Royal Oasis Resort Remains Closed
Even with an economy that is reportedly showing the beginning signs of stabilization, Prime Minister Hubert Ingraham could not say when the closed Royal Oasis Resort project will get back on track.
The 427-acre Royal Oasis Resort property was abruptly shut down in 2004 following Hurricane Frances and was sold to the Harcourt Development Group for $33 million in 2007.
The resort property, which is located on prime location in the center of the island, is inclusive of towers, country club and casino totaling 965 rooms and 98 timeshare units.
The Ireland-based company had plans to transform the Crowne Plaza Golf Resort and Casino at the Royal Oasis into a high-quality tourist destination after the deal was complete.
It had also expected that the reopening of the resort would bring major benefits to the local area through increased tourism and local employment.
In that vein, the Royal Oasis property was set to undergo major restoration work with the addition of the construction of new structures and facilities.
They were to include, according to the Harcourt Group, around the properties, new timeshare accommodations at the country club, towers and casino.
Upgrades to the existing timeshare buildings, the country club and the golf facilities at the Ruby Golf Course.
Harcourt had also developed a luxury waterfront one and three bedroom and penthouse condominium complex in the neighboring area called Suffolk Court — a five-building structure stretching five storeys high which is surrounded on three sides by water.
However, aside from the luxury waterfront project, after the global crisis in 2008 struck, the work on the resort property has yet to materialize.
Last week, when asked for an update by the Grand Bahama media, the nation’s chief executive revealed that he still has nothing new to report on the stagnant property.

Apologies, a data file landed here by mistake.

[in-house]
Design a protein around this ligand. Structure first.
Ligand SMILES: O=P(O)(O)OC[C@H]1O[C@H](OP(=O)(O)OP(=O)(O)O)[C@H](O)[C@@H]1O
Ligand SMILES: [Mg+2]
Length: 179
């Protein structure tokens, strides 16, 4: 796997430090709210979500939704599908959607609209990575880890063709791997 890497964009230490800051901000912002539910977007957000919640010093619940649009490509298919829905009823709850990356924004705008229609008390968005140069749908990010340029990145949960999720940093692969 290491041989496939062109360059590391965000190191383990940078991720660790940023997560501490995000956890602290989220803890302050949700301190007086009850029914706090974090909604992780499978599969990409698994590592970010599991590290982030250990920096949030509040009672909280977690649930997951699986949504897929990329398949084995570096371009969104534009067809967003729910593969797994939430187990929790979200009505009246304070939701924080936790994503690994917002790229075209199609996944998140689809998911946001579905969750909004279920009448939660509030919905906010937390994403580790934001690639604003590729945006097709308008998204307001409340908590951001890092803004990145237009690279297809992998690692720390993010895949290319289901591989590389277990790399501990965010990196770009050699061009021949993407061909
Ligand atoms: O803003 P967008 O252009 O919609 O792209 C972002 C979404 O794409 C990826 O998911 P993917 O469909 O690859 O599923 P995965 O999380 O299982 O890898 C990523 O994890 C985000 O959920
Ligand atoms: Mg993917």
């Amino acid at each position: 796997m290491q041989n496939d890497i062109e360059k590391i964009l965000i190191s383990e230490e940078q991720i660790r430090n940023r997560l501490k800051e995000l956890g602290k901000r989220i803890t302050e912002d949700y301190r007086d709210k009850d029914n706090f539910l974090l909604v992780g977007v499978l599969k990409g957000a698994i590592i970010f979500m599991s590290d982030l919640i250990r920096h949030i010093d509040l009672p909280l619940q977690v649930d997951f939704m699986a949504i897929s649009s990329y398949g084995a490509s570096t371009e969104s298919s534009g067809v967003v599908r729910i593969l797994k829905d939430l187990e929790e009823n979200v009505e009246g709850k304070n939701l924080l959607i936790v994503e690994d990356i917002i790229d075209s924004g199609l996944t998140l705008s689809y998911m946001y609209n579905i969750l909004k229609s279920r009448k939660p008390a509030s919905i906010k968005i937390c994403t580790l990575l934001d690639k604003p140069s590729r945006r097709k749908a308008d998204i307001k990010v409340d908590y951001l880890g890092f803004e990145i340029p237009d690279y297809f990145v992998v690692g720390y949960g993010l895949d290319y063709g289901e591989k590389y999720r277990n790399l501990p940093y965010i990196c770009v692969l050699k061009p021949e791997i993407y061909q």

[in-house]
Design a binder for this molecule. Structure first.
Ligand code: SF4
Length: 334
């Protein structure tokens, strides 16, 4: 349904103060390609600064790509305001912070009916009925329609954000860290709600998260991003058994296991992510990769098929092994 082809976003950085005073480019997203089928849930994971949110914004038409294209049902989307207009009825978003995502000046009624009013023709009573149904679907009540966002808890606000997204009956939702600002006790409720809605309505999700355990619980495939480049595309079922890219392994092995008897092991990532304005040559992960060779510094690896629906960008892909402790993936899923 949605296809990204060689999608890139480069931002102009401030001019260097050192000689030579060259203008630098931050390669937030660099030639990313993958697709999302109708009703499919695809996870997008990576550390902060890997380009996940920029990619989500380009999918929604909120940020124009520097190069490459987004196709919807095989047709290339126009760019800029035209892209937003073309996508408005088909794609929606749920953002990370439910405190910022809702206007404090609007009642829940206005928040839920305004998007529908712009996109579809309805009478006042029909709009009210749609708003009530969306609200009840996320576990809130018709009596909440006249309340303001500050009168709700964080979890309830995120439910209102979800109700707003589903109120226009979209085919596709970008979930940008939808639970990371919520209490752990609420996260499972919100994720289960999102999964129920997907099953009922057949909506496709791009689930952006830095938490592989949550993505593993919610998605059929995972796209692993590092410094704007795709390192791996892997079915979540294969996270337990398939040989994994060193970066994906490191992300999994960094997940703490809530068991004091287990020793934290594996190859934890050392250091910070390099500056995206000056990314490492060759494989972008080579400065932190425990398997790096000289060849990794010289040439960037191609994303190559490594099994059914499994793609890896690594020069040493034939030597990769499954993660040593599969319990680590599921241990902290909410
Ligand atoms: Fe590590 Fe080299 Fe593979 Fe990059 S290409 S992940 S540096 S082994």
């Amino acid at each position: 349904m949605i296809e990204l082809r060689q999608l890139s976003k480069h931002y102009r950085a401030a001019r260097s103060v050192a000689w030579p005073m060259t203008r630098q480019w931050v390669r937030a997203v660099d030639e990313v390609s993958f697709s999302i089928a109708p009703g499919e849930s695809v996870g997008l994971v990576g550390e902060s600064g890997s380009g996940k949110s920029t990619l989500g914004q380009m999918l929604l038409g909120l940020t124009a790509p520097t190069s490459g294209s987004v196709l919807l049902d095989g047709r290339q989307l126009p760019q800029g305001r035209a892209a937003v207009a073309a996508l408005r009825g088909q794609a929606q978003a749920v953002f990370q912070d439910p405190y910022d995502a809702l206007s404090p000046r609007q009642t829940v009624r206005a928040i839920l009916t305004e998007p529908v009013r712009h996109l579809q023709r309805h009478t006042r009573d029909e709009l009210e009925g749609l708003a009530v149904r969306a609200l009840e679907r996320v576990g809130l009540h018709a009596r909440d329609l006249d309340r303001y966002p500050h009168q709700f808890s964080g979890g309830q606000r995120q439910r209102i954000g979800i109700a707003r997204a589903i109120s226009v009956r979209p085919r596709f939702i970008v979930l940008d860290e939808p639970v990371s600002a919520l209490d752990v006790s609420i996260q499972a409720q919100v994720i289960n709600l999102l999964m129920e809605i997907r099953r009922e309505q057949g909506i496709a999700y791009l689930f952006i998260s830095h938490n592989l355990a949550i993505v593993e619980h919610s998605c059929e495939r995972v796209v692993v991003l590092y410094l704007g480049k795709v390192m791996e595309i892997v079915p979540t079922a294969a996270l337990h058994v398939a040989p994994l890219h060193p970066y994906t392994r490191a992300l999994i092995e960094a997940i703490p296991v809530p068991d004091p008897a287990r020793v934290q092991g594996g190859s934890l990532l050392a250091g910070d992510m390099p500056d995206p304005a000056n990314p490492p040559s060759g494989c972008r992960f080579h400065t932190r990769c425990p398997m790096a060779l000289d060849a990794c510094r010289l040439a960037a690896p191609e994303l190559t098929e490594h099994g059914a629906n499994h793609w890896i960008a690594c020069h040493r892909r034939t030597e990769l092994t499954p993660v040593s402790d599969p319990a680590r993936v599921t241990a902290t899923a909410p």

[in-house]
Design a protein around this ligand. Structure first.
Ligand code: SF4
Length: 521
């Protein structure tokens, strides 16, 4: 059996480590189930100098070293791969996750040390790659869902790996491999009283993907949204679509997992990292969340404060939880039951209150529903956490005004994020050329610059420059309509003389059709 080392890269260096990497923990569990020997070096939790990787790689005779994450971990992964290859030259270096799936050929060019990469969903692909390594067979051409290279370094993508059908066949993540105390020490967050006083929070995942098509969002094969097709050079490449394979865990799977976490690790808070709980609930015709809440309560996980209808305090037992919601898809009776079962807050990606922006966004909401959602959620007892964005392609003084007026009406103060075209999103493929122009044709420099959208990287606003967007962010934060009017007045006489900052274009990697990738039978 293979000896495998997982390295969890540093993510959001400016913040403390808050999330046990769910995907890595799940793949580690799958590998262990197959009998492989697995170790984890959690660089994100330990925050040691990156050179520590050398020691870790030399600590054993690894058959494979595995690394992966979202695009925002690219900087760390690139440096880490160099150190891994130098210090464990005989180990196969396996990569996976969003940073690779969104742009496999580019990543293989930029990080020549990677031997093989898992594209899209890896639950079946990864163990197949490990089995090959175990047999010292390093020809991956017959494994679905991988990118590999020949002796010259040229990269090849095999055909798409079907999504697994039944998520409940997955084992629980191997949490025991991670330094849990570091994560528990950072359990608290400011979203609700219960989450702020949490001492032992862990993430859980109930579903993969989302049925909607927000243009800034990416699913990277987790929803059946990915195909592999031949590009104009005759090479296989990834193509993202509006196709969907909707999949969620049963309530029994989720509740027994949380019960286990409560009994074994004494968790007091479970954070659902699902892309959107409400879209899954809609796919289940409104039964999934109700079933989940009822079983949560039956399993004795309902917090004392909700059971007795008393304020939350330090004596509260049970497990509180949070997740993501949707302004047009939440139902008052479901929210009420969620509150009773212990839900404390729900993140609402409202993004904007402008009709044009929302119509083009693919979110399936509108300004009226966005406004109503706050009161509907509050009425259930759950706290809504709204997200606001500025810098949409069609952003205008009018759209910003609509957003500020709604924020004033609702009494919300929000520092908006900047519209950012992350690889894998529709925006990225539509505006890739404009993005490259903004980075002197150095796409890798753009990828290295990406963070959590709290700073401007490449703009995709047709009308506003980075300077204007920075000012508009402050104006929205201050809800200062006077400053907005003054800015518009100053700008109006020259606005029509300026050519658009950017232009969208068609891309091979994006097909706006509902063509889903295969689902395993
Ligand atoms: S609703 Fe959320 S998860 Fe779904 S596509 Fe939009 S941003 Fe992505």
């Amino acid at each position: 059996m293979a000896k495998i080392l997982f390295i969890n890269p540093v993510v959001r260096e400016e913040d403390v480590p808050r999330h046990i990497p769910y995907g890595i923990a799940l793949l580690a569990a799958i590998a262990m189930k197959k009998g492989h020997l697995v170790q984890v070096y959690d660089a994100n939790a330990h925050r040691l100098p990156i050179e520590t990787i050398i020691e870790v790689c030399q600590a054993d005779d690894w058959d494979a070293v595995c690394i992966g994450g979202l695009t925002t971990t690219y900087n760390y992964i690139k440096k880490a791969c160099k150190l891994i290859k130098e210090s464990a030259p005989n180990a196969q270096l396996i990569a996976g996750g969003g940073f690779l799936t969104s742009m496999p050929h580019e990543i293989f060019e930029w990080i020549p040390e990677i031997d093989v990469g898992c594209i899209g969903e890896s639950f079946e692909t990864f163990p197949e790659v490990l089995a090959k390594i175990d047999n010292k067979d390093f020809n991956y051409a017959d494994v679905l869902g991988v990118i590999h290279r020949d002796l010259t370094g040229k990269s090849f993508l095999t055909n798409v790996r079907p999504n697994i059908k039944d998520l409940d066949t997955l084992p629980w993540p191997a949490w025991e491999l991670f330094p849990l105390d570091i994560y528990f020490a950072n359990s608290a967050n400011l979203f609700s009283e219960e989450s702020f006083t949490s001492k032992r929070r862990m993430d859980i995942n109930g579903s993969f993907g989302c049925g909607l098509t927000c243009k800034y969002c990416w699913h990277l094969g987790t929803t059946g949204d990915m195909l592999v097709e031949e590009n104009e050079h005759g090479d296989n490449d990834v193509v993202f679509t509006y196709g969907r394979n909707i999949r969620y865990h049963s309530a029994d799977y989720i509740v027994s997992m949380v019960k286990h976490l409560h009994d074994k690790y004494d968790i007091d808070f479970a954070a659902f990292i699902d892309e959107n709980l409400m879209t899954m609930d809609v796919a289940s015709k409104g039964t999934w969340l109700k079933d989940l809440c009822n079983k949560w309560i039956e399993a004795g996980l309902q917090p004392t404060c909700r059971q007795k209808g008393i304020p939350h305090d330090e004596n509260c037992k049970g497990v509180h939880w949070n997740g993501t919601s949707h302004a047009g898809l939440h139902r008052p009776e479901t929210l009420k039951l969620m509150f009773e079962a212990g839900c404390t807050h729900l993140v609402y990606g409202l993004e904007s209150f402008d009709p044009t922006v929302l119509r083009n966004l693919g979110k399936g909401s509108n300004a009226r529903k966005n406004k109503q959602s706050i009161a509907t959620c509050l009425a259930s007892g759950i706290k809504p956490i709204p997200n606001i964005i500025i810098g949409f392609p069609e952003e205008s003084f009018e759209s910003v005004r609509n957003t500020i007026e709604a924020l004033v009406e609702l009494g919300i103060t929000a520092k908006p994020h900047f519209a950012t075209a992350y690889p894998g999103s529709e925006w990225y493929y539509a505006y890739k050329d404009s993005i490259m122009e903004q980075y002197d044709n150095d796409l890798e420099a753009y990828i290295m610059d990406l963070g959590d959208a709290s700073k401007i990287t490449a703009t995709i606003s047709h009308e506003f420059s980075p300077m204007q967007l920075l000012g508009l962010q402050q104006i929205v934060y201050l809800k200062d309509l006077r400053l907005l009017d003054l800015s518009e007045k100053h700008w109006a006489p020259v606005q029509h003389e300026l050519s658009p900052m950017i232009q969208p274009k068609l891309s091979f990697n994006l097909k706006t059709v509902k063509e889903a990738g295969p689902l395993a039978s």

“Harcourt is in the same position that Ginn was in in West Grand Bahama and that is the recession has affected them — their ability to raise money from banks and their ability to fund any development,” he said.
“There is no answer to be given as to when they will get money or when they will find a buyer. That is one of the consequences in this great recession that took place.”
The prime minister noted that there are those who have turned a blind eye to the recession and its domino effect.
“Some people in my country seem to think that such a thing doesn’t exist, but it exists over the world and Harcourt was a very big company in Ireland, very successful company, but it is now unable to fund that kind of development,” he said.
The closure of the Royal Oasis property alone caused the unemployment numbers in Grand Bahama to sky rocket after over 1,000 people were left jobless.
Since then, hundreds more have joined them from the former Our Lucaya property, now the anchor property, and other businesses who were forced to shut down.
But, Ingraham said, he is satisfied the employment situation has stabilized in Grand Bahama.
“We’ve put 1,000 people to work on the unemployment and retraining program,” he said. “We’re going to have to do a couple of more hundred once we find places for them to be trained. The economy is beginning to be stabilized, it’s not getting worse, it’s getting slightly better.
“We are like the world, like America next door, even China’s growth is slowing down now, the European unions – that’s the reality.”
The government’s National Job Readiness and Training Program (NJRTP) is an initiative to prepare Bahamians to enter the job market.
The first of its three components allows unemployed Bahamians, ages 30 and under, the opportunity to gain basic workforce experience through workshops and job placement.
The second component gives those over the age of 30 the chance to enhance their existing skills or gain new skills through study and work placement, while the third allows unemployed Bahamians to work in designated industries such as, but not limited to, tourism, financial services and the industrial trades.
The program runs for 52 weeks and during that time government is subsidizing the salary of all participants up to $210.00 per week.
Nonetheless, job security in the private sector remains a challenge as Grand Bahama residents continue to join the employment line.
Just last week, 29 employees at Old Bahama Bay Resort were laid off. Two weeks ago, Rexel Consolidated Electrical Supplies went bottom up, leaving its four employees without work.
By Lededra Marche
The Freeport News